JPEG2000 compression of images in Orthanc


is there a simple way to compress an image stored in orthanc, with lossless jpeg2000 compression, before rerouting it to peer ?

I’m thinking of using dcmcjp2k utility in the LUA function OnStoredInstance, but the command expects the full dicom file and creates another dicom file. Any idea ?



You can achieve this goal in a clean way by creating an Orthanc plugin that would link against GDCM and compress each incoming file in the “OrthancPluginRegisterOnChangeCallback()”.

However, the same functionality can be achieved through Lua scripting in a more hacky style:

The trick is to make a system call to the standard command-line utility “dcmconv” from GDCM. Note that because of the test on the origin of the request to avoid infinite loops, this script will not work as such on Orthanc <= 0.9.3.


The Lua way works OK, but it seems to be quite a roundabout way to do this, going outside orthanc and having 2 instances temporarily on disk, etc.

I’m afraid I don’t understand the orthanc code enough to develop a plugin, but to begin to wrap my head around it, I was wondering a few things that Sebastian may be able to clarify for me:

  1. Why do you suggest the OnChangeC**allback instead of the OnStoredInstanceCallback ?
  2. The basic need is for compression to be performed before storage. Is there a way to ‘intercept’ the incoming instance before it gets stored and assigned an uuid?
  3. I’m concerned what effect compressing with the OnChangeC**allback would have on the changes feed. I believe that if I modify compression on a file, the DICOM standard mandates it is given a new UID, but I’m not sure I would be able to filter out these modified instances from the changes feed as it doesn’t currently support the instances ‘origin’.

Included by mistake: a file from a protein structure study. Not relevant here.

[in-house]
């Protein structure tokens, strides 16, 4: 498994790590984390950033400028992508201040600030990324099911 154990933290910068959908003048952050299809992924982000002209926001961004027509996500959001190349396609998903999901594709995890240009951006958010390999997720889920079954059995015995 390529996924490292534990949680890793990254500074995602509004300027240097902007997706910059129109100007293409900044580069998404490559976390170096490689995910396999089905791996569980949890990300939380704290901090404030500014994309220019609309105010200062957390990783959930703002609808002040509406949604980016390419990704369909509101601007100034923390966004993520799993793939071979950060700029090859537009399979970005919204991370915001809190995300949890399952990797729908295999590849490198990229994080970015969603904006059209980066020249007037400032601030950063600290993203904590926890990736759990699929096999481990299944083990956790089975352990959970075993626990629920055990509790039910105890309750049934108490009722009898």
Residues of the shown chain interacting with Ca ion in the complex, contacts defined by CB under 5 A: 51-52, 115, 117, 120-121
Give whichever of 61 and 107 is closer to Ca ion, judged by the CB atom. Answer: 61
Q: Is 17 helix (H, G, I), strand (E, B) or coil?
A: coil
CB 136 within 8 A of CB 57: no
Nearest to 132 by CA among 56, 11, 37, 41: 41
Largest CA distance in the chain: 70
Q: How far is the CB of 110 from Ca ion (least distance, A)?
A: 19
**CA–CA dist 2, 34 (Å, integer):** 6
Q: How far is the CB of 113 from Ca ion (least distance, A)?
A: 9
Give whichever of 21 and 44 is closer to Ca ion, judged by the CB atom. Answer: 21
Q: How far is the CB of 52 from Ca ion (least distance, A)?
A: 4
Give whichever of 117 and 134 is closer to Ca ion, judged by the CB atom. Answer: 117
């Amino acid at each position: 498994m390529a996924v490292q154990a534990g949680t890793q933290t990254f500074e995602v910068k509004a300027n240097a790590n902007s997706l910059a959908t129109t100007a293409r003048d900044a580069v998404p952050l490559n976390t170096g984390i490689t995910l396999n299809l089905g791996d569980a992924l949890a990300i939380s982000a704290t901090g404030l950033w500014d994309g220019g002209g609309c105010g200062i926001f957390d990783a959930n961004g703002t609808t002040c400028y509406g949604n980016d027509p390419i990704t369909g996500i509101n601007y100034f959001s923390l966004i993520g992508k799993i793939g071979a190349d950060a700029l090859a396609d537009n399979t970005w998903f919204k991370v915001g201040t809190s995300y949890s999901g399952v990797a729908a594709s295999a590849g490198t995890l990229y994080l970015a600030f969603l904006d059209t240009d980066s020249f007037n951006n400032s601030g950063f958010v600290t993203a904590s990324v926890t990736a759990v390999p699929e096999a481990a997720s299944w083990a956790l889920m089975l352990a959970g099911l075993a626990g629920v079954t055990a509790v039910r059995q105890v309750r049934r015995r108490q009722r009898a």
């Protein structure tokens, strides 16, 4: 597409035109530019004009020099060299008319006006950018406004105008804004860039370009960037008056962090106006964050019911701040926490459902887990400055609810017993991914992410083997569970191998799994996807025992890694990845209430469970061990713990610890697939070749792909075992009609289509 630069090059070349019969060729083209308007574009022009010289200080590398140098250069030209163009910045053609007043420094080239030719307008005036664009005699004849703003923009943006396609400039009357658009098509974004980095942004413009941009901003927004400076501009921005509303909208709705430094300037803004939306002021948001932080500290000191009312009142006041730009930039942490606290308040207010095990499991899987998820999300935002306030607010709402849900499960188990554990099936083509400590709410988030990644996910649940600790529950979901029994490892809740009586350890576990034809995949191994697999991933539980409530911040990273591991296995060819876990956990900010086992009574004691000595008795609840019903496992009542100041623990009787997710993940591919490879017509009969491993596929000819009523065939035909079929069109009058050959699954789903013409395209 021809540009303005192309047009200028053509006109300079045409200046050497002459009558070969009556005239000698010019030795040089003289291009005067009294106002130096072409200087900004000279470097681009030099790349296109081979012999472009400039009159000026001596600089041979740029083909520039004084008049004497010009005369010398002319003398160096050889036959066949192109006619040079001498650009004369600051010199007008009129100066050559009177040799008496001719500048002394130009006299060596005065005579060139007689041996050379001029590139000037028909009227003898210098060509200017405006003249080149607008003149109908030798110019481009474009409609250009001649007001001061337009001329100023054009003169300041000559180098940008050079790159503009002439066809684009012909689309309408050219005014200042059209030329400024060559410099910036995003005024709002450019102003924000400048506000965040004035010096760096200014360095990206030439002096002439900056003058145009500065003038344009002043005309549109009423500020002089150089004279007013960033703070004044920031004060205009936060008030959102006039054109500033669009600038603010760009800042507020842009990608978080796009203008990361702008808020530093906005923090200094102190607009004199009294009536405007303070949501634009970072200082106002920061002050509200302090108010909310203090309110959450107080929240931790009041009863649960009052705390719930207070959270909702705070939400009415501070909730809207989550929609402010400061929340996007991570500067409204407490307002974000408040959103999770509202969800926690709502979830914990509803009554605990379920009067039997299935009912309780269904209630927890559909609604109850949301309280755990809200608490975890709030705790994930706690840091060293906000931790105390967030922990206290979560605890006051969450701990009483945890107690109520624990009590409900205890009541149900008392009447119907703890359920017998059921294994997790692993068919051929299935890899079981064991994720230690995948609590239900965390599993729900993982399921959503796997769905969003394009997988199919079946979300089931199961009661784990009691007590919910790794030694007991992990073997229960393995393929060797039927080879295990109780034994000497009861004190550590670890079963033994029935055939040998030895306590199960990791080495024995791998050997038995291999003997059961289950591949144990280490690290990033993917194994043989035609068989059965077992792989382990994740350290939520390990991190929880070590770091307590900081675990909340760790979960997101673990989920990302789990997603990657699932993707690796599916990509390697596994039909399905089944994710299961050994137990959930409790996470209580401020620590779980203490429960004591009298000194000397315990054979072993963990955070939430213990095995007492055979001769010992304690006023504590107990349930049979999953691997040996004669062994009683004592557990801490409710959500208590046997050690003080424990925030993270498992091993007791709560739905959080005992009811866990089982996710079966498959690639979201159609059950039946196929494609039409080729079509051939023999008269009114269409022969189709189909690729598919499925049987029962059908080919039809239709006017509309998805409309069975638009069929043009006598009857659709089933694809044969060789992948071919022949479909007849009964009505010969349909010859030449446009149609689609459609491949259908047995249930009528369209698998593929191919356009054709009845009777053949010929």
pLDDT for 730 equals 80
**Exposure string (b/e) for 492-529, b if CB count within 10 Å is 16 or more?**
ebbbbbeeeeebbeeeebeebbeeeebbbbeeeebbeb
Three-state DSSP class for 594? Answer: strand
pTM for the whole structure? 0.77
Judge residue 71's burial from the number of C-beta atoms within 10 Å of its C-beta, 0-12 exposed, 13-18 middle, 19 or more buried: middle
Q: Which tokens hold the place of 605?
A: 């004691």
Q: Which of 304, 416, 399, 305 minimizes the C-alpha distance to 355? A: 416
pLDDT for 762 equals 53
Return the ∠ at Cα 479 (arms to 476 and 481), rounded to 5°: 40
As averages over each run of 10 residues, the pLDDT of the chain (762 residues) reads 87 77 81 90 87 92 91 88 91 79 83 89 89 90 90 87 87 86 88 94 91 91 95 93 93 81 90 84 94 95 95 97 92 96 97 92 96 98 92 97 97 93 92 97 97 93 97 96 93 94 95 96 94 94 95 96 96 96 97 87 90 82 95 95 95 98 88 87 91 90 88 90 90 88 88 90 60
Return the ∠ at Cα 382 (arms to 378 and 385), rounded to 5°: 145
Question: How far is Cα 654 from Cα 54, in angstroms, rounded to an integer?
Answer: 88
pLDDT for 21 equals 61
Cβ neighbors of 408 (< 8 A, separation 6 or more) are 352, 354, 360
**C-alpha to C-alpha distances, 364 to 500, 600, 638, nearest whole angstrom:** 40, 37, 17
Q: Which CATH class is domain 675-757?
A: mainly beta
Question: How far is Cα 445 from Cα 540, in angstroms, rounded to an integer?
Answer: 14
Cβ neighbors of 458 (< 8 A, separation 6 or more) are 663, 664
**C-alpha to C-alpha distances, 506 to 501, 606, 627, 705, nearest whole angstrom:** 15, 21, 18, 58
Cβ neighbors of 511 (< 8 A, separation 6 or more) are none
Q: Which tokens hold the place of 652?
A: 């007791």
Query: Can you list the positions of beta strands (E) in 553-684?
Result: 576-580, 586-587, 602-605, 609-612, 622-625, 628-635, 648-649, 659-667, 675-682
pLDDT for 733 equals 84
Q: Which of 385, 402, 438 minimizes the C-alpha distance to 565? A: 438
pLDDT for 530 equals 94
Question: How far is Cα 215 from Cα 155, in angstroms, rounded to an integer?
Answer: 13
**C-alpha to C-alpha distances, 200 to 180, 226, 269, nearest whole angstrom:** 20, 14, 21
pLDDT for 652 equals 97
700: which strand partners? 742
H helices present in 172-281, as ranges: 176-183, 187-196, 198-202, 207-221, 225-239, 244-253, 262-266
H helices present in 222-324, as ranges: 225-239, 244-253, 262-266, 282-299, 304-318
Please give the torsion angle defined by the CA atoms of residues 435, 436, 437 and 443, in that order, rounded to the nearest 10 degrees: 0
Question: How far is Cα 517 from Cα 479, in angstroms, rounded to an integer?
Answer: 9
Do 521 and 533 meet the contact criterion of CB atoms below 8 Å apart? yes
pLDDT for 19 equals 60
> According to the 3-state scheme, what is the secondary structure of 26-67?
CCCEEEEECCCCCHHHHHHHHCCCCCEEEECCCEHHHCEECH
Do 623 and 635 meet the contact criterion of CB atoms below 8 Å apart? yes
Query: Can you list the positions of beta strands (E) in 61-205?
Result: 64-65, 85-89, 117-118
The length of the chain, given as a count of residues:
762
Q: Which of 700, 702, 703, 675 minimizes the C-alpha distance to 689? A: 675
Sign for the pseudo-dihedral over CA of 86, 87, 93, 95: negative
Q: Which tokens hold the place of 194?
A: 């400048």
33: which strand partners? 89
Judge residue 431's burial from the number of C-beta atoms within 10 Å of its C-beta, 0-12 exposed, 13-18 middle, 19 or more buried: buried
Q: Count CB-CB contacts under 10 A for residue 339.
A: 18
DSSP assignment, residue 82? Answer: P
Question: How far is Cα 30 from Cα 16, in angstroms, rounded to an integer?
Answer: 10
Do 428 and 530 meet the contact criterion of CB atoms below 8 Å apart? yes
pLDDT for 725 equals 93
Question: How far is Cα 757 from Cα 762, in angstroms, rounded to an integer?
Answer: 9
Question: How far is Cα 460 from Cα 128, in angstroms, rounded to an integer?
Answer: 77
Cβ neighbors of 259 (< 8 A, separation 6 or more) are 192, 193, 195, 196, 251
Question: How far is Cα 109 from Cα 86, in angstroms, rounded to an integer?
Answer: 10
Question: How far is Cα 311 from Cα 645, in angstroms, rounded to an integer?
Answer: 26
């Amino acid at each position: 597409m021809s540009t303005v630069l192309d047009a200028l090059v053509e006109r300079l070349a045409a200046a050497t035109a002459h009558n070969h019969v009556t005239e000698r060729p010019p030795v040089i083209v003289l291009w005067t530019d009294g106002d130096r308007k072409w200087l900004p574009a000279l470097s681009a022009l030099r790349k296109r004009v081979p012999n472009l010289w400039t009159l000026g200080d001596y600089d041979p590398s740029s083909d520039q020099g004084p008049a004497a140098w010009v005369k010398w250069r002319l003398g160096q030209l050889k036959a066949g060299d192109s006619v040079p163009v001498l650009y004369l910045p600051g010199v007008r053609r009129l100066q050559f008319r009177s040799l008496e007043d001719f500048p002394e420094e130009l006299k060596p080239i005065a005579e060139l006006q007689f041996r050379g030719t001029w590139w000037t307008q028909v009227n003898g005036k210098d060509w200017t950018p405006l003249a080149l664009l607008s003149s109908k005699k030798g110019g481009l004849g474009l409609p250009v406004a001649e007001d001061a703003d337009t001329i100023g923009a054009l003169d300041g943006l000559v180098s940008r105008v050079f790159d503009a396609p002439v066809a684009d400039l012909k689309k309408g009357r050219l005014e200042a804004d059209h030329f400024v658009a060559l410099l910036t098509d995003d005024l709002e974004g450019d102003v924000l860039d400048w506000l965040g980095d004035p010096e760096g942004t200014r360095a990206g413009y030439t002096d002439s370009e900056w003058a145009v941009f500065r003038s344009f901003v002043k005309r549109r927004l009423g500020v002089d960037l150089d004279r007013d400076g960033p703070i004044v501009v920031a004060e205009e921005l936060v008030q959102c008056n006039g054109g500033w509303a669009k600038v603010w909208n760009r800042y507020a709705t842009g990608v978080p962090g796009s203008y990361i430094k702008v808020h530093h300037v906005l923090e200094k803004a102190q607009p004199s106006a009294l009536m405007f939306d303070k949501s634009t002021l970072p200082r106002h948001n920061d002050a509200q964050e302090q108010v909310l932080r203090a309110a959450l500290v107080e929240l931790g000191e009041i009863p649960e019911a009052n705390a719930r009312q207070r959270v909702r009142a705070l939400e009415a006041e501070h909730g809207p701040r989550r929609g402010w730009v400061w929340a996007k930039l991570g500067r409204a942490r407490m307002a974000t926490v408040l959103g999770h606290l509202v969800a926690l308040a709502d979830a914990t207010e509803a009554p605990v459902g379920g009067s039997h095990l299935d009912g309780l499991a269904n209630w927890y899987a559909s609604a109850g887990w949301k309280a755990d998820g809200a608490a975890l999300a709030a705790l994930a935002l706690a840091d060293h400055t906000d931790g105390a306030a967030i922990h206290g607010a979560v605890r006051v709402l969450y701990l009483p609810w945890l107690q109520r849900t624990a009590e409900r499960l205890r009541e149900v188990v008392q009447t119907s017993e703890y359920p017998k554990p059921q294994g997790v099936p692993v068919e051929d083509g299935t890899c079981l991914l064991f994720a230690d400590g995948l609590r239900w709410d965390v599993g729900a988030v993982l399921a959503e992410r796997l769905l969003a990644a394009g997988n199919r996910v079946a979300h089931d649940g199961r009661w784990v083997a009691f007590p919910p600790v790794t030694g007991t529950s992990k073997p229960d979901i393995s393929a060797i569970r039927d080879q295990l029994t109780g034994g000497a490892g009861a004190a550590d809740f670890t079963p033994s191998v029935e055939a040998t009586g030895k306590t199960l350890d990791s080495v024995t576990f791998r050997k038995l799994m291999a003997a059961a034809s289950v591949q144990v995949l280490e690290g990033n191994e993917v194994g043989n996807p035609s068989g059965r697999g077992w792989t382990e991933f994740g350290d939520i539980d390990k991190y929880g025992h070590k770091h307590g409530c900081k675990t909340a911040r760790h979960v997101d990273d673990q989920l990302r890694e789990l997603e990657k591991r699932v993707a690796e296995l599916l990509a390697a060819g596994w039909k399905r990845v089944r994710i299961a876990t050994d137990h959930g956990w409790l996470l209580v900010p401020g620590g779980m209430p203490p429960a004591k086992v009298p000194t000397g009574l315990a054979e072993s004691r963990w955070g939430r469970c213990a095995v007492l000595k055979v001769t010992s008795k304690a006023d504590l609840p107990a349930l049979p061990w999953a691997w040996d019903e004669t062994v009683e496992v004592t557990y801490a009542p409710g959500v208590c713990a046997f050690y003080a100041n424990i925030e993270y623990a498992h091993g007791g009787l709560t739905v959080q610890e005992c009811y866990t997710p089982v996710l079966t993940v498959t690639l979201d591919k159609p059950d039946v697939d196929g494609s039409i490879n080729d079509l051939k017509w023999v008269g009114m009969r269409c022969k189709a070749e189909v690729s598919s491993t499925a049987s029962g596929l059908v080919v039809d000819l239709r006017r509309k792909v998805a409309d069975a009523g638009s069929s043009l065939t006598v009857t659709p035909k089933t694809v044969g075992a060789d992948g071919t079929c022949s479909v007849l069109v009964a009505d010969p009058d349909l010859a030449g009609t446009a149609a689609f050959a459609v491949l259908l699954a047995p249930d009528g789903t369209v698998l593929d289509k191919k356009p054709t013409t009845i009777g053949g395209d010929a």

In short, I would appreciate some guidance on how to approach this. The [receive] => [recompress] => [store & index] => [forward] pipeline is a very common use case, and one that would be very useful for orthanc to support, natively or as a plugin.




Thanks for bringing this problem to my attention.

I have just added the missing function “OrthancPluginGetInstanceOrigin()” to the SDK:

The use case you mention can now be solved as follows:

  1. Register a callback with “OrthancPluginRegisterOnStoredInstanceCallback()” that is called whenever a DICOM instance is received by Orthanc.
  2. Inside this callback, use “OrthancPluginGetInstanceOrigin()” to ignore instances stored by plugins (this avoids an infinite loop because of step 4 below).
  3. Apply the operations of your pipeline to the received DICOM instance.
  4. Upload the result of your pipeline through “OrthancPluginRestApiPost()” against the “/instances” URI.
  5. Remove the original DICOM instance through “OrthancPluginRestApiDelete()” against the “/instances/{id}” URI.

A sample plugin for JPEG2k conversion (using the command-line tool “gdcmconv”) is also available:


Thank you Sebastian for your clear explanation. I think I’m starting to become more comfortable with the plugin framework to understand it.

I also tried the plugin sample, which works well. While trying it I confirmed a concern I had which I wanted to share with you:

The plugin in fact does create a new instance with a newly generated SOPInstanceUID from dcmodify. There is an edge case (actually not so edge when studies are pushed manually from the modality to an archive) in which the technologist will re-send the images when there is doubt about whether the study arrived complete or not.

The problem here is that Orthanc will accept the instances as new instances for the same series, thus duplicating the number of images in the series.